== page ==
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The revenue standard provides guidance on presentation of assets and liabilities generated from contracts with customers.

ASC 606-10-45-1

When either party to a contract has performed, an entity shall present the contract in the statement of financial position as a contract asset or a contract liability, depending on the relationship between the entity’s performance and the customer’s payment. An entity shall present any unconditional rights to consideration separately as a receivable.

A reporting entity will recognize an asset or liability if one of the parties to a contract has performed before the other. For example, when a reporting entity performs a service or transfers a good in advance of receiving consideration, the reporting entity will recognize a contract asset or receivable in its statement of financial position. A contract liability is recognized if the reporting entity receives consideration (or if it has the unconditional right to receive consideration) in advance of performance.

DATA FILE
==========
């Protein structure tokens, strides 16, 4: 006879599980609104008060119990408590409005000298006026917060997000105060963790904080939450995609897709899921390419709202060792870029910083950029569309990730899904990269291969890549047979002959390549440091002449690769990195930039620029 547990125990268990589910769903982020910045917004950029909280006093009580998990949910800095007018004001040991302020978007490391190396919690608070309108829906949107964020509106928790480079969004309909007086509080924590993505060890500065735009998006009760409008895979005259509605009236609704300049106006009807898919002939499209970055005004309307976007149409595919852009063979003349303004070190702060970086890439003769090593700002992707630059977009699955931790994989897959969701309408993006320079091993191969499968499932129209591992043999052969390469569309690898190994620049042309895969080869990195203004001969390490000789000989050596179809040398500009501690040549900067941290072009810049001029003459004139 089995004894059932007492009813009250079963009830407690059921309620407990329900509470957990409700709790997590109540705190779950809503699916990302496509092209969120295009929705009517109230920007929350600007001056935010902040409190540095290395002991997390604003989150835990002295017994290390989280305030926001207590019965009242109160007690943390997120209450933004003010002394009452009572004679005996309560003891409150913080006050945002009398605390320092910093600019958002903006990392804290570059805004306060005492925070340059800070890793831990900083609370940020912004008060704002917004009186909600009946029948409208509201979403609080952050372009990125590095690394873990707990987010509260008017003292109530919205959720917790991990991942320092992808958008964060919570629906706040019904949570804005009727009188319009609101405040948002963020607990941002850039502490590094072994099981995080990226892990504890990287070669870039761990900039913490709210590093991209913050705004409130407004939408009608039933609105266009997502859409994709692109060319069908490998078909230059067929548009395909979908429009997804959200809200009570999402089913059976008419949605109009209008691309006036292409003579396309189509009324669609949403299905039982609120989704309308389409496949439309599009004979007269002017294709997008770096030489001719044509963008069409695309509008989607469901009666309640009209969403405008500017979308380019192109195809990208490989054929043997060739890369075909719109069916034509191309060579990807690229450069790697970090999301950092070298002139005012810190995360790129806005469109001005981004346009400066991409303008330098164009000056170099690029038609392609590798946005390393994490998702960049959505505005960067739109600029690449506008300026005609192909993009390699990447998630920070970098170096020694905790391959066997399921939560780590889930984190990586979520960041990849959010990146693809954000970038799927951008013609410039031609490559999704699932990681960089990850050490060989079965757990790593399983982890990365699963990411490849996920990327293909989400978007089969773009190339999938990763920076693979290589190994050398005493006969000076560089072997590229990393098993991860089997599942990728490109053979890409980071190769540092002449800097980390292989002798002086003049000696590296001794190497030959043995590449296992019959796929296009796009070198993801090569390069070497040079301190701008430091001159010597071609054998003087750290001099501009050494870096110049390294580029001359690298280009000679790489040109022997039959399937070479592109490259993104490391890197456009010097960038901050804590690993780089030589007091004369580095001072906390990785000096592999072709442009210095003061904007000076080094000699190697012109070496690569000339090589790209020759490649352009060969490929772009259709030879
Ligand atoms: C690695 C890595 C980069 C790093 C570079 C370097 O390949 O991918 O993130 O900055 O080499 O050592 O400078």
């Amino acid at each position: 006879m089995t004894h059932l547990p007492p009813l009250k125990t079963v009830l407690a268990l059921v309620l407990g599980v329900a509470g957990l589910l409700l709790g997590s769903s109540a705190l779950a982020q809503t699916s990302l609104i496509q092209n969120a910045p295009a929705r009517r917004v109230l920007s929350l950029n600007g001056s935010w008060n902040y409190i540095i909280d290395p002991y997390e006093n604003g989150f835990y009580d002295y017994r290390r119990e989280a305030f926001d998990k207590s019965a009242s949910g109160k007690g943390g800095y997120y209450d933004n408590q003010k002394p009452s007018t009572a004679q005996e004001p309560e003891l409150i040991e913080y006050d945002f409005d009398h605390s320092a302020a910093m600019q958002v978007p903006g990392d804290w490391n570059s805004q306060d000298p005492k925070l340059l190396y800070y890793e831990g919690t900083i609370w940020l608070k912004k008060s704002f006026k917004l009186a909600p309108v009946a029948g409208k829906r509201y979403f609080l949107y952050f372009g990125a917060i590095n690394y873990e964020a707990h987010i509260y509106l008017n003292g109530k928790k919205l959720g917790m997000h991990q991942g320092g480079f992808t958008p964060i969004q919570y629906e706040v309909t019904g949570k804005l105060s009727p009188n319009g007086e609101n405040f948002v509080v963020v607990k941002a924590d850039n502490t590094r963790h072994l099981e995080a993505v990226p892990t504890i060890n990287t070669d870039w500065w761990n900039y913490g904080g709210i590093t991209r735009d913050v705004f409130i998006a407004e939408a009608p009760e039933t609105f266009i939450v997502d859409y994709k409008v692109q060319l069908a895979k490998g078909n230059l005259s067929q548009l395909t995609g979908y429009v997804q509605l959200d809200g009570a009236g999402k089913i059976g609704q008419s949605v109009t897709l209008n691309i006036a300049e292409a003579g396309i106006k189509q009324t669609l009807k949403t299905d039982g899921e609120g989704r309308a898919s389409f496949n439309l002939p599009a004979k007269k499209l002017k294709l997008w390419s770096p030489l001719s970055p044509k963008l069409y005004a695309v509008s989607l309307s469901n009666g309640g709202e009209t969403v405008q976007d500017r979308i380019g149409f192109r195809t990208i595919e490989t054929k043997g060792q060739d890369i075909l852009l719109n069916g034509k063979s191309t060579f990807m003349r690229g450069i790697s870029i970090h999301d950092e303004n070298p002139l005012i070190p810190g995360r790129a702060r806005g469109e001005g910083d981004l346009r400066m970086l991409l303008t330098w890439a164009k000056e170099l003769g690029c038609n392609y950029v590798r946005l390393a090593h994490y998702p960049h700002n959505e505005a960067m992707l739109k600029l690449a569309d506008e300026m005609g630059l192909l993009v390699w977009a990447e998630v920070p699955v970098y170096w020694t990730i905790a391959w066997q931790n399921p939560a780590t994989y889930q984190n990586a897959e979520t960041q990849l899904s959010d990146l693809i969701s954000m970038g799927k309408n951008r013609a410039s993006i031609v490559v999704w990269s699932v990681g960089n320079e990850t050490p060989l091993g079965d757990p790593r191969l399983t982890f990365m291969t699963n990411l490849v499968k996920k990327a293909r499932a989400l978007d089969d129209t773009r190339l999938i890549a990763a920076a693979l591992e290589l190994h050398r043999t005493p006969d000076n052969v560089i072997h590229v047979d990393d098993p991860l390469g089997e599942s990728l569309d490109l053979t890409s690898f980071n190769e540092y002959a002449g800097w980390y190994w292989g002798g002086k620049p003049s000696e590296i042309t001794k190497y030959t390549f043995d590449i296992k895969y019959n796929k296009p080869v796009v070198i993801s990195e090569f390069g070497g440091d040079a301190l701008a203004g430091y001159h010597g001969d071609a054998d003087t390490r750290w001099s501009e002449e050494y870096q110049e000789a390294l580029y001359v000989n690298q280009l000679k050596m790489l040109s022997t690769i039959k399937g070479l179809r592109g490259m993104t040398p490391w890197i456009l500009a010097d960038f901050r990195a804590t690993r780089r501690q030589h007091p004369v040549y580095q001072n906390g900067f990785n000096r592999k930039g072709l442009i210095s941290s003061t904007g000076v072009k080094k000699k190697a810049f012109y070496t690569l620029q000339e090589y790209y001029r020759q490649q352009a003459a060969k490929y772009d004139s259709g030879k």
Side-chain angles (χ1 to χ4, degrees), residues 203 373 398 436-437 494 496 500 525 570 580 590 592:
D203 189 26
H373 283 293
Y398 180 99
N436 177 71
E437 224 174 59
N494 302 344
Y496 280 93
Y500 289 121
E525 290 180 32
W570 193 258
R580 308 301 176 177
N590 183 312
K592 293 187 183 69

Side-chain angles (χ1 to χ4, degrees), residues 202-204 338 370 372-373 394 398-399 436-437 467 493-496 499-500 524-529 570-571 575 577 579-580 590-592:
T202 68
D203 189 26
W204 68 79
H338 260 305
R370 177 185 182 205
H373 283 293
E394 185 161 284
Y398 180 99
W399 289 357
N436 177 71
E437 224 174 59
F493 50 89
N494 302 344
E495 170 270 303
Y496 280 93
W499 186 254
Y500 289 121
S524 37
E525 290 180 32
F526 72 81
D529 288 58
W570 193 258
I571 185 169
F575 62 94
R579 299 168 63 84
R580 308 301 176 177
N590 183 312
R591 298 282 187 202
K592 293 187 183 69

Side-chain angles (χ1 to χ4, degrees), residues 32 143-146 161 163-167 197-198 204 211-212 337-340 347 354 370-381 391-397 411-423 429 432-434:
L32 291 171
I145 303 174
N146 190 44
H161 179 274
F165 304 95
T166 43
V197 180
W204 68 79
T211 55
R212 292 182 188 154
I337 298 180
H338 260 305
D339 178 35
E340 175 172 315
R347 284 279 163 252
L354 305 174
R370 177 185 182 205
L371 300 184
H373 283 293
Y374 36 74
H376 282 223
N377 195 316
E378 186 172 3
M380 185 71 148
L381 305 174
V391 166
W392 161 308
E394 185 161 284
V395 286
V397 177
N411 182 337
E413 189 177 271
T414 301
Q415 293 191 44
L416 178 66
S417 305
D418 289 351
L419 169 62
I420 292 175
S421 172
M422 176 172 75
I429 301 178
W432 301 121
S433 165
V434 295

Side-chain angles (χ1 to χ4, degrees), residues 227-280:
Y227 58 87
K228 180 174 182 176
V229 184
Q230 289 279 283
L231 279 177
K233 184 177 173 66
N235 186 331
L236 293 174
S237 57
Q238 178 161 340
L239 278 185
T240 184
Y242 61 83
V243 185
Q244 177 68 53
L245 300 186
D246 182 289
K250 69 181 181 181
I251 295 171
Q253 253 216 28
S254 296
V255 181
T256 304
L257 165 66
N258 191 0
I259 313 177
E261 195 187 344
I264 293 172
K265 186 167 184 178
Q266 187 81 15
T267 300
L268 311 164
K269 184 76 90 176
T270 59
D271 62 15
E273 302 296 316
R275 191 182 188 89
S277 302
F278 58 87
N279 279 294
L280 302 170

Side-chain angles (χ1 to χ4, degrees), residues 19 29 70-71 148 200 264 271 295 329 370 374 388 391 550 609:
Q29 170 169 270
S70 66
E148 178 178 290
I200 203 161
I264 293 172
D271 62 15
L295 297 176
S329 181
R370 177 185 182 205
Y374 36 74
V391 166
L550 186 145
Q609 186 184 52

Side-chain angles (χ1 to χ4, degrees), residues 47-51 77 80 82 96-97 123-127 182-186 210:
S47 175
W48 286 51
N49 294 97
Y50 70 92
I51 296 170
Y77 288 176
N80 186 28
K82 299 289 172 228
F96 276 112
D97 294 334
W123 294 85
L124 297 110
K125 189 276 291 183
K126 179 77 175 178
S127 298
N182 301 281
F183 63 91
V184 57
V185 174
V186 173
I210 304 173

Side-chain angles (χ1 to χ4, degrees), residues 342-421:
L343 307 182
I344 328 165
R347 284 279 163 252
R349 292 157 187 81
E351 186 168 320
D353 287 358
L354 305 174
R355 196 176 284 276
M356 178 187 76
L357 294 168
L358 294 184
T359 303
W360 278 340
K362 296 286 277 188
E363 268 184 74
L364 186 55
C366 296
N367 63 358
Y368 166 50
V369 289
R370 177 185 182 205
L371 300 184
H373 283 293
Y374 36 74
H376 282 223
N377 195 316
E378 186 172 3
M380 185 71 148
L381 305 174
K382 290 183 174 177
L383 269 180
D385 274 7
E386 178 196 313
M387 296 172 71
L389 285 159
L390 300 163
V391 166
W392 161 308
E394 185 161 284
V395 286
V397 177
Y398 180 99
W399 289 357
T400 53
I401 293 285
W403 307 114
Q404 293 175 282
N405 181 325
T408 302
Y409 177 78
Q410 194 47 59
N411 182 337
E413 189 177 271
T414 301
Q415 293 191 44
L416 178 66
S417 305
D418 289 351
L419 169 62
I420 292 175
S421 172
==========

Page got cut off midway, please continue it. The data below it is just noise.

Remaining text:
33.3.1 Contract assets and receivables

The revenue standard distinguishes between a contract asset and a receivable based on whether receipt of the consideration is conditional on something other than the passage of time.

Excerpt from ASC 606-10-45-3 [edits applicable upon adoption of ASU 2016-13, Financial Instruments—Credit Losses (Topic 326): Measurement of Credit Losses on Financial Instruments]